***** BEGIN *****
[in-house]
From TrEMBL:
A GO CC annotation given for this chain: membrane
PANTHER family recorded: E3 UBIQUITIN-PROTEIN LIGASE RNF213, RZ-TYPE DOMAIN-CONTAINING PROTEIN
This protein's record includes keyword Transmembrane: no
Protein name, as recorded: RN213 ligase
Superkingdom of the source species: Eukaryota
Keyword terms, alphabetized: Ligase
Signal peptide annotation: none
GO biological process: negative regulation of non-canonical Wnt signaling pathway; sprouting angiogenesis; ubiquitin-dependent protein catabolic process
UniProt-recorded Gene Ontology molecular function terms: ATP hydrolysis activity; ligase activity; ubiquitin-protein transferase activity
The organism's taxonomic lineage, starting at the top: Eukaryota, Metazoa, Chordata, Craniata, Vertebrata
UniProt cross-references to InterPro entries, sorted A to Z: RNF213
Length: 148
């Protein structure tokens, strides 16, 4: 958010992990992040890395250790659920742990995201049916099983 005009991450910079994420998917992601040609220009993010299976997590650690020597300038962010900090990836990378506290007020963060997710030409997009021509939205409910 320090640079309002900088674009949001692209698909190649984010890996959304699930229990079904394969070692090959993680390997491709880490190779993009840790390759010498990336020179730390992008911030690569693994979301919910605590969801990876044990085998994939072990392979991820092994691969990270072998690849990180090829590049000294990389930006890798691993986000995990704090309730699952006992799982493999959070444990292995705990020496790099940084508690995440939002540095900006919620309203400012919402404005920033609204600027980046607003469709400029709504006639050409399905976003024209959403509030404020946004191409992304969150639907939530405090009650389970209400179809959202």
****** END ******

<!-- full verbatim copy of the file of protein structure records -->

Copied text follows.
[in-house]
From TrEMBL:
A GO CC annotation given for this chain: membrane
PANTHER family recorded: E3 UBIQUITIN-PROTEIN LIGASE RNF213, RZ-TYPE DOMAIN-CONTAINING PROTEIN
This protein's record includes keyword Transmembrane: no
Protein name, as recorded: RN213 ligase
Superkingdom of the source species: Eukaryota
Keyword terms, alphabetized: Ligase
Signal peptide annotation: none
GO biological process: negative regulation of non-canonical Wnt signaling pathway; sprouting angiogenesis; ubiquitin-dependent protein catabolic process
UniProt-recorded Gene Ontology molecular function terms: ATP hydrolysis activity; ligase activity; ubiquitin-protein transferase activity
The organism's taxonomic lineage, starting at the top: Eukaryota, Metazoa, Chordata, Craniata, Vertebrata
UniProt cross-references to InterPro entries, sorted A to Z: RNF213
Length: 148
């Protein structure tokens, strides 16, 4: 958010992990992040890395250790659920742990995201049916099983 005009991450910079994420998917992601040609220009993010299976997590650690020597300038962010900090990836990378506290007020963060997710030409997009021509939205409910 320090640079309002900088674009949001692209698909190649984010890996959304699930229990079904394969070692090959993680390997491709880490190779993009840790390759010498990336020179730390992008911030690569693994979301919910605590969801990876044990085998994939072990392979991820092994691969990270072998690849990180090829590049000294990389930006890798691993986000995990704090309730699952006992799982493999959070444990292995705990020496790099940084508690995440939002540095900006919620309203400012919402404005920033609204600027980046607003469709400029709504006639050409399905976003024209959403509030404020946004191409992304969150639907939530405090009650389970209400179809959202």